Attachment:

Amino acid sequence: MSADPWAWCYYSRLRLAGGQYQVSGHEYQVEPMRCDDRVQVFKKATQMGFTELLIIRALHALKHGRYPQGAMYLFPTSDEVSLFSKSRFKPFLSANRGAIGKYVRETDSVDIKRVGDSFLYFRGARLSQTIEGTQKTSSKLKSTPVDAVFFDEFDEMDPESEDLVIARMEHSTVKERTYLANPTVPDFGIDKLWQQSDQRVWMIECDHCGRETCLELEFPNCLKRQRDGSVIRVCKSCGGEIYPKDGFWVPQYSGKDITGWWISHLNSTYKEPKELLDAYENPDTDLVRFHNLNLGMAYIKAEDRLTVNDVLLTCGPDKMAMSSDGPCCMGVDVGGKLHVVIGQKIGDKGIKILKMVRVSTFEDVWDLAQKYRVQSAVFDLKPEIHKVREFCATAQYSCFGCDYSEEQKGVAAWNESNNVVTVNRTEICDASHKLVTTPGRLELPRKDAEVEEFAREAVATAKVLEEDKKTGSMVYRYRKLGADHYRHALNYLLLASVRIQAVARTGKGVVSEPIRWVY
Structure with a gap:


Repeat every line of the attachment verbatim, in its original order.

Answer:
Amino acid sequence: MSADPWAWCYYSRLRLAGGQYQVSGHEYQVEPMRCDDRVQVFKKATQMGFTELLIIRALHALKHGRYPQGAMYLFPTSDEVSLFSKSRFKPFLSANRGAIGKYVRETDSVDIKRVGDSFLYFRGARLSQTIEGTQKTSSKLKSTPVDAVFFDEFDEMDPESEDLVIARMEHSTVKERTYLANPTVPDFGIDKLWQQSDQRVWMIECDHCGRETCLELEFPNCLKRQRDGSVIRVCKSCGGEIYPKDGFWVPQYSGKDITGWWISHLNSTYKEPKELLDAYENPDTDLVRFHNLNLGMAYIKAEDRLTVNDVLLTCGPDKMAMSSDGPCCMGVDVGGKLHVVIGQKIGDKGIKILKMVRVSTFEDVWDLAQKYRVQSAVFDLKPEIHKVREFCATAQYSCFGCDYSEEQKGVAAWNESNNVVTVNRTEICDASHKLVTTPGRLELPRKDAEVEEFAREAVATAKVLEEDKKTGSMVYRYRKLGADHYRHALNYLLLASVRIQAVARTGKGVVSEPIRWVY
Structure with a gap: